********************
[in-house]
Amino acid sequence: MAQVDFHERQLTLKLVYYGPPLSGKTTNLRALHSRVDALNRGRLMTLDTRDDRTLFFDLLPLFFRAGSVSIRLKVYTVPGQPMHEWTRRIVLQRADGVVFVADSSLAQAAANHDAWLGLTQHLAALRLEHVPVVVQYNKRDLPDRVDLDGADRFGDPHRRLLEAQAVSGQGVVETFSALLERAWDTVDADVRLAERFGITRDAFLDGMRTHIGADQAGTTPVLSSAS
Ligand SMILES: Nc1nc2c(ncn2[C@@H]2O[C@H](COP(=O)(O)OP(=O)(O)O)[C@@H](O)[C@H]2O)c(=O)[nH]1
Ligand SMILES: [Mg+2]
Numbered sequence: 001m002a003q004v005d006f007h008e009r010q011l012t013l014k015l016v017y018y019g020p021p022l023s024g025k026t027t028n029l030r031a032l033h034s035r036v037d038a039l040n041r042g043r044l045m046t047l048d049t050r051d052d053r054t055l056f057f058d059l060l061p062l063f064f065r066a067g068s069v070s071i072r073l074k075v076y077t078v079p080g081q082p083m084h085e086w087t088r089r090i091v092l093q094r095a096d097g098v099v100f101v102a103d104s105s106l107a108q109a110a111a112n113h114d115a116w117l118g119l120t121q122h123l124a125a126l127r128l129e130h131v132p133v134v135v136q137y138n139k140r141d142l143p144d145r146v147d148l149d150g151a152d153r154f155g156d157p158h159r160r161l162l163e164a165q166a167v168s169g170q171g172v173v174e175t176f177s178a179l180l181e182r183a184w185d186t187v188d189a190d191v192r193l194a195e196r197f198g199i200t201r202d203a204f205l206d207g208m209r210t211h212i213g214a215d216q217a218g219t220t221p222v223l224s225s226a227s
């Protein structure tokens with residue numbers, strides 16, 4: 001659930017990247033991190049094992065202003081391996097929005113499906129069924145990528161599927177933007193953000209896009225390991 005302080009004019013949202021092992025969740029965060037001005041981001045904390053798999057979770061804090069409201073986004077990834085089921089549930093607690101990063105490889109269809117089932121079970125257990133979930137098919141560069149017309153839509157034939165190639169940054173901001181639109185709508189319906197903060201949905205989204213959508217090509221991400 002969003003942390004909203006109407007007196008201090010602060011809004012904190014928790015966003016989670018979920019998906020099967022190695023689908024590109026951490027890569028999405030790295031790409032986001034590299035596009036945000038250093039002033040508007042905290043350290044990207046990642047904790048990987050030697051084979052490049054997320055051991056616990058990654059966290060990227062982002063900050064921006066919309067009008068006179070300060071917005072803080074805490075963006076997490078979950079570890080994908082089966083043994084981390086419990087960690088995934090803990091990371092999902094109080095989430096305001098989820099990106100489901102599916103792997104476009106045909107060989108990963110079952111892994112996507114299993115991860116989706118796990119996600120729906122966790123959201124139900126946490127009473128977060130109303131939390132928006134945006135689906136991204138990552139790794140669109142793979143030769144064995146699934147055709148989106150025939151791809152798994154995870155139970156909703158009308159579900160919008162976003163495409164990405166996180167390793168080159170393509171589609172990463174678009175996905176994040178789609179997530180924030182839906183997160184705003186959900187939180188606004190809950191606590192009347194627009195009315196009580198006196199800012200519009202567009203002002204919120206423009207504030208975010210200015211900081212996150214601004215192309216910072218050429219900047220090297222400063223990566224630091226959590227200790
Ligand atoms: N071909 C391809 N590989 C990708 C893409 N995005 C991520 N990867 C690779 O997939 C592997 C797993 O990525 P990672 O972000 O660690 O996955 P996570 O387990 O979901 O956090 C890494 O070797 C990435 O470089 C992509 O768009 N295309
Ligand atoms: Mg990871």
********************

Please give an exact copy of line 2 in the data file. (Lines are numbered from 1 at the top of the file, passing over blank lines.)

Amino acid sequence: MAQVDFHERQLTLKLVYYGPPLSGKTTNLRALHSRVDALNRGRLMTLDTRDDRTLFFDLLPLFFRAGSVSIRLKVYTVPGQPMHEWTRRIVLQRADGVVFVADSSLAQAAANHDAWLGLTQHLAALRLEHVPVVVQYNKRDLPDRVDLDGADRFGDPHRRLLEAQAVSGQGVVETFSALLERAWDTVDADVRLAERFGITRDAFLDGMRTHIGADQAGTTPVLSSAS